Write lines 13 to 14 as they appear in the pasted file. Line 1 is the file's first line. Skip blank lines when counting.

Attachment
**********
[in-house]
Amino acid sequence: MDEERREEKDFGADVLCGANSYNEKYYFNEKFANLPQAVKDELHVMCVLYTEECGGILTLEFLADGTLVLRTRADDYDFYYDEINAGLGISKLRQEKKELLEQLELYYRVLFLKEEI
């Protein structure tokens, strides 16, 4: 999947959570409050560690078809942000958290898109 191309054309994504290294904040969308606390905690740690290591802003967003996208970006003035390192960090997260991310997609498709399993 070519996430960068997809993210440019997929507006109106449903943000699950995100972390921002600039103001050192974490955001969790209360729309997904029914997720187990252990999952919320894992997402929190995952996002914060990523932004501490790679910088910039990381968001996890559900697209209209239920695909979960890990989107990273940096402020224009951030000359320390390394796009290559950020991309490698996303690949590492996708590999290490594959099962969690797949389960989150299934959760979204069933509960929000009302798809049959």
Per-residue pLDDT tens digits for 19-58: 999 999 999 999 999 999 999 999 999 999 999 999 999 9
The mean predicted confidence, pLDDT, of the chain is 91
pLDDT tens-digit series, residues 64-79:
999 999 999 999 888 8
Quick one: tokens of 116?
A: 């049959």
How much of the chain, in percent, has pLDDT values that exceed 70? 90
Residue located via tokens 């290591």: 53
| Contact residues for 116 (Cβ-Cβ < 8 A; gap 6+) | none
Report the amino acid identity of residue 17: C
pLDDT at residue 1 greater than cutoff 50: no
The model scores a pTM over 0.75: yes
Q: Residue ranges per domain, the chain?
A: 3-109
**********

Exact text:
Report the amino acid identity of residue 17: C
pLDDT at residue 1 greater than cutoff 50: no